We currently expect total revenue between $610 million and $640 million, which is up from our previous outlook of $570 million to $610 million, adjusted EBITDA between $245 million and 260 million, which is up from $232 million to $247 million previously. Gross rental equipment capital expenditures between $100 million and $120 million, which is up from $90 million to $110 million previously. While the potential for pandemic related disruption remains, we are encouraged by the overall improving business activity levels we have recent seen.
That concludes our prepared remarks. Francy, you may not open the lines for questions
[Operator instructions] Your first question comes from the line of Scott Schneeberger from Oppenheimer. Your line is now open.
I guess for my first question, could you remind us last year in the second quarter, sales were elevated and they were comparable this year within $2 million in the second quarter. Could you remind us what was driving the elevation last year and then transitioning to the look ahead, if you could provide a little bit more color about what's going to happen in the second half for sales, why do you think that's going to be down? It sounds like you think it's going to be pushed out but just curious about that and then, and then a follow up on that subject. Thanks.
Yeah, a lot of things to unpack there, Scott, but a year ago, Enviro Flex sales were very strong in the second quarter and that was one of the contributors to a good second quarter for us last year. I also think, projects that were completed in the second quarter of last year, in a way they were pre pandemic in it, the machinery, if you will, was underway, that the units were built, the installations were occurring before too much impact from the pandemic occurred. So that's really looking in the rear view mirror.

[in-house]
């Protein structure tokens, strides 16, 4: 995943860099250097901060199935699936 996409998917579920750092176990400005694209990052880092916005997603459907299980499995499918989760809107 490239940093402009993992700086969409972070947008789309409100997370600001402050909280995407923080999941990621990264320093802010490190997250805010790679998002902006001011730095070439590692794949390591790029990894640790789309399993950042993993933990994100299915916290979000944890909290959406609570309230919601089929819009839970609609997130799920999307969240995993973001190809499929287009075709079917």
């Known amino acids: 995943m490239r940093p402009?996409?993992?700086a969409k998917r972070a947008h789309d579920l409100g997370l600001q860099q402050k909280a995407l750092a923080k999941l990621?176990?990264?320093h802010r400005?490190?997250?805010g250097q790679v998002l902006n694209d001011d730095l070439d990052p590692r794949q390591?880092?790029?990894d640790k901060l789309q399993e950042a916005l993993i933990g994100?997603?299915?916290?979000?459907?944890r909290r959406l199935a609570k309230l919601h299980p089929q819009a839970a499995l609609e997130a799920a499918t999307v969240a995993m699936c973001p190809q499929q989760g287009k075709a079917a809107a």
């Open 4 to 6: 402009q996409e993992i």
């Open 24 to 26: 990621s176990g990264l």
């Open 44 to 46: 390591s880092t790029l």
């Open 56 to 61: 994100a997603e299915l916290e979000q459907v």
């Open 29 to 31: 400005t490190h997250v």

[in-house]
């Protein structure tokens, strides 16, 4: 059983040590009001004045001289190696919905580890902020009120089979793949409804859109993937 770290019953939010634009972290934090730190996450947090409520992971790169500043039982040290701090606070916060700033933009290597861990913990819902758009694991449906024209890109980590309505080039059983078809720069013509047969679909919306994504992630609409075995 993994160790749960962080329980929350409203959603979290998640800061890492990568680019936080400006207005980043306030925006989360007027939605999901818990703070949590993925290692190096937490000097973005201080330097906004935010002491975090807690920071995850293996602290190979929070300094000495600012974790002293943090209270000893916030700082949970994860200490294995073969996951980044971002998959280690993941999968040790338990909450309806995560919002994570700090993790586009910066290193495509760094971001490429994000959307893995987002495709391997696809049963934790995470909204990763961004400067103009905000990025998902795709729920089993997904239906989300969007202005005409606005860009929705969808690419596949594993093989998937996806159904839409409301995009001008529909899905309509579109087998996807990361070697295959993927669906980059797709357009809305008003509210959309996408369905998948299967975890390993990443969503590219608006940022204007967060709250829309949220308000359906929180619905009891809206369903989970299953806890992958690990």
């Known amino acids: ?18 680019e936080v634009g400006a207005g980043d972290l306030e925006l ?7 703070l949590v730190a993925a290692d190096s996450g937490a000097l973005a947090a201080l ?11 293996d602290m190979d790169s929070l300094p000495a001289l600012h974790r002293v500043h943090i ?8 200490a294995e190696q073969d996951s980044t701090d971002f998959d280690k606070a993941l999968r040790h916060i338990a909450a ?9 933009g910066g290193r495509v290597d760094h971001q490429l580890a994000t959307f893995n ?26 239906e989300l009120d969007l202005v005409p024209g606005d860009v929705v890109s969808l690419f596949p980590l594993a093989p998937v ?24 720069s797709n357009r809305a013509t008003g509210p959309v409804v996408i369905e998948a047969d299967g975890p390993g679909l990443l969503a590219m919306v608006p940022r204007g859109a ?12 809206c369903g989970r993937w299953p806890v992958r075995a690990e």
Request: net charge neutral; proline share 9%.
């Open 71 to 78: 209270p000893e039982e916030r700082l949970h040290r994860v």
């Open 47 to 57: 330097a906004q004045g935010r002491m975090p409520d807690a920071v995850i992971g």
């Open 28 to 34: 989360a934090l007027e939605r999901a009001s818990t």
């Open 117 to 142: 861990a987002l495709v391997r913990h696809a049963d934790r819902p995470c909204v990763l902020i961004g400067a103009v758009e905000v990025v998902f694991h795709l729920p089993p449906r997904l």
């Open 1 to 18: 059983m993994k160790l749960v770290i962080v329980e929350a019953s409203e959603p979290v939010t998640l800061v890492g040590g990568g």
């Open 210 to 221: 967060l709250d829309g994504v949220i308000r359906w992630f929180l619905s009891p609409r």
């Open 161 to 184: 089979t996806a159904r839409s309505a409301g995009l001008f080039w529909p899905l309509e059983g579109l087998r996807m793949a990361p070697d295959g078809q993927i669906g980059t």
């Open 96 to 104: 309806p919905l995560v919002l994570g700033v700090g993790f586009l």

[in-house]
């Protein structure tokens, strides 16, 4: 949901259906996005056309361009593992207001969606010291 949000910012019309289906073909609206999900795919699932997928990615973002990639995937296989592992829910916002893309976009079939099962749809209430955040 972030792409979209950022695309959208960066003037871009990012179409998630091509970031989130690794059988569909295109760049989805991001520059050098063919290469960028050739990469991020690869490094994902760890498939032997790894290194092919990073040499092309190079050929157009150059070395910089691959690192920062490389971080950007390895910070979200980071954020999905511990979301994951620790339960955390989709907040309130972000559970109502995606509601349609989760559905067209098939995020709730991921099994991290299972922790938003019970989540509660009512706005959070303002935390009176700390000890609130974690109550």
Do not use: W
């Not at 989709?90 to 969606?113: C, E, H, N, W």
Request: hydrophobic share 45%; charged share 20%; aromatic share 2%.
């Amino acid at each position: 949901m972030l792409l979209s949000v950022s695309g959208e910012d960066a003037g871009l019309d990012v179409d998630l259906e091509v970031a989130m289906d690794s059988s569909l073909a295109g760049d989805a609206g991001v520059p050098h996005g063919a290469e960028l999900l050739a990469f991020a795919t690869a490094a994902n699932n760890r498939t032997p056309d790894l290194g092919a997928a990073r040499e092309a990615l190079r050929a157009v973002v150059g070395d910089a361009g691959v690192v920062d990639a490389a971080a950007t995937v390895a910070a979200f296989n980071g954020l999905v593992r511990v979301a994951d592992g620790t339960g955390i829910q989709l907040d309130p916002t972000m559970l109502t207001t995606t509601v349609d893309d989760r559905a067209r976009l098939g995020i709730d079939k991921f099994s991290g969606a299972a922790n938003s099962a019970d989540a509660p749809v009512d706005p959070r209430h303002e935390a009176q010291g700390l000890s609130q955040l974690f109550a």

Looking ahead or really reflecting on the comments we just made, what we're seeing now, when we talk to the people in the business, and as Joe mentioned across all parts of the business our traditional modular side of the business, our Enviro Flex part of the business where we manufacture units and then the two acquisitions really seeing the common theme, harder to get materials than it was more expensive to get materials, anecdotes such as it used to take three weeks to order a door or a window, today it can take two to three months to get that same piece of material which is critical to having timely completion of a project.
So those are just some of the comments regarding the supply chain issues. I think it's important to point out we actually think we're going to have a very good sales year. It's just not going to be quite as good as we might've expected just a couple of months ago. And I think that's really what we're trying to convey here. If you look at my prepared remarks and I know we covered a lot, but we actually think overall sales will be up year over year. That's partly because we had a good pipeline ourselves and it's partly because the acquired businesses both have a significant sales component in their overall revenue mix. So I'll kind of pause there. Is that helping address your question and happy to provide any other color?
Yeah. Is it your supply chain that slowed, you're not able to get parts to create the product for sale or, well, probably the Enviro Flex side, but also for your manufacturers who you resell, or is it your customers where they're delayed on projects and their projects are starting later, just if you could differentiate there please.
Yeah. Scott it's -- the impact on our own production is not the real driver. Its more customers delaying because they're having their own supply issues on their own site. That makes sense.
Yeah. And that's what I wanted. Thanks, Joe. And then and then just within this, in the context of the guidance is what is the contribution of the acquisitions? I guess we're going to speak in terms of the midpoint of the guidance. What's the contribution from Design Space for the balance of the year and then on the organic side, it appears that you have a lower guide on the legacy side of the business, is that purely from the sales or is there another component on that part of it? Thank